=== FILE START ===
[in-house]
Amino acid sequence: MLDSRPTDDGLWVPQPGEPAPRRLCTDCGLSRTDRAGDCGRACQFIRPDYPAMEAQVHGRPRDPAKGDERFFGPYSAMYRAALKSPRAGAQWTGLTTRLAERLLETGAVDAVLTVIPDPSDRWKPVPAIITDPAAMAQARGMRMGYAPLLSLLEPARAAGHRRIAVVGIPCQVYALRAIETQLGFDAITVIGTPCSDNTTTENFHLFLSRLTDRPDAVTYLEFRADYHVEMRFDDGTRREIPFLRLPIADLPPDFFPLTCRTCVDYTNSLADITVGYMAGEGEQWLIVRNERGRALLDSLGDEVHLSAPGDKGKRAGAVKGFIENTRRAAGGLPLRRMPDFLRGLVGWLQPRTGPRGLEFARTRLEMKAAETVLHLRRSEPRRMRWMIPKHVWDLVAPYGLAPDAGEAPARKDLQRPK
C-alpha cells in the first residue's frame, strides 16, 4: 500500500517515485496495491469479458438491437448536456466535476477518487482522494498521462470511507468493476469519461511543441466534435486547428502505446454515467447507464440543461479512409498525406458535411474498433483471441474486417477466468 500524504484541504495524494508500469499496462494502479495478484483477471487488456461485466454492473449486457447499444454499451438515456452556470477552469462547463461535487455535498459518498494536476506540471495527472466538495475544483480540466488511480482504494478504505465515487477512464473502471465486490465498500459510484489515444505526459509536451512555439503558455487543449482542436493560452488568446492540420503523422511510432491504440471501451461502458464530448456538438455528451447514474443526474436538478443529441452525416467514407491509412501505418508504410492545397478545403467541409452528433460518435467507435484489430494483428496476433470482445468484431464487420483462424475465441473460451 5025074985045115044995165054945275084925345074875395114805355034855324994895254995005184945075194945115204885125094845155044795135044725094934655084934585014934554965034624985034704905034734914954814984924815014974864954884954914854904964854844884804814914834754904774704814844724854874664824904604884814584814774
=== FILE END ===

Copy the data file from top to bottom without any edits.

[in-house]
Amino acid sequence: MLDSRPTDDGLWVPQPGEPAPRRLCTDCGLSRTDRAGDCGRACQFIRPDYPAMEAQVHGRPRDPAKGDERFFGPYSAMYRAALKSPRAGAQWTGLTTRLAERLLETGAVDAVLTVIPDPSDRWKPVPAIITDPAAMAQARGMRMGYAPLLSLLEPARAAGHRRIAVVGIPCQVYALRAIETQLGFDAITVIGTPCSDNTTTENFHLFLSRLTDRPDAVTYLEFRADYHVEMRFDDGTRREIPFLRLPIADLPPDFFPLTCRTCVDYTNSLADITVGYMAGEGEQWLIVRNERGRALLDSLGDEVHLSAPGDKGKRAGAVKGFIENTRRAAGGLPLRRMPDFLRGLVGWLQPRTGPRGLEFARTRLEMKAAETVLHLRRSEPRRMRWMIPKHVWDLVAPYGLAPDAGEAPARKDLQRPK
C-alpha cells in the first residue's frame, strides 16, 4: 500500500517515485496495491469479458438491437448536456466535476477518487482522494498521462470511507468493476469519461511543441466534435486547428502505446454515467447507464440543461479512409498525406458535411474498433483471441474486417477466468 500524504484541504495524494508500469499496462494502479495478484483477471487488456461485466454492473449486457447499444454499451438515456452556470477552469462547463461535487455535498459518498494536476506540471495527472466538495475544483480540466488511480482504494478504505465515487477512464473502471465486490465498500459510484489515444505526459509536451512555439503558455487543449482542436493560452488568446492540420503523422511510432491504440471501451461502458464530448456538438455528451447514474443526474436538478443529441452525416467514407491509412501505418508504410492545397478545403467541409452528433460518435467507435484489430494483428496476433470482445468484431464487420483462424475465441473460451 5025074985045115044995165054945275084925345074875395114805355034855324994895254995005184945075194945115204885125094845155044795135044725094934655084934585014934554965034624985034704905034734914954814984924815014974864954884954914854904964854844884804814914834754904774704814844724854874664824904604884814584814774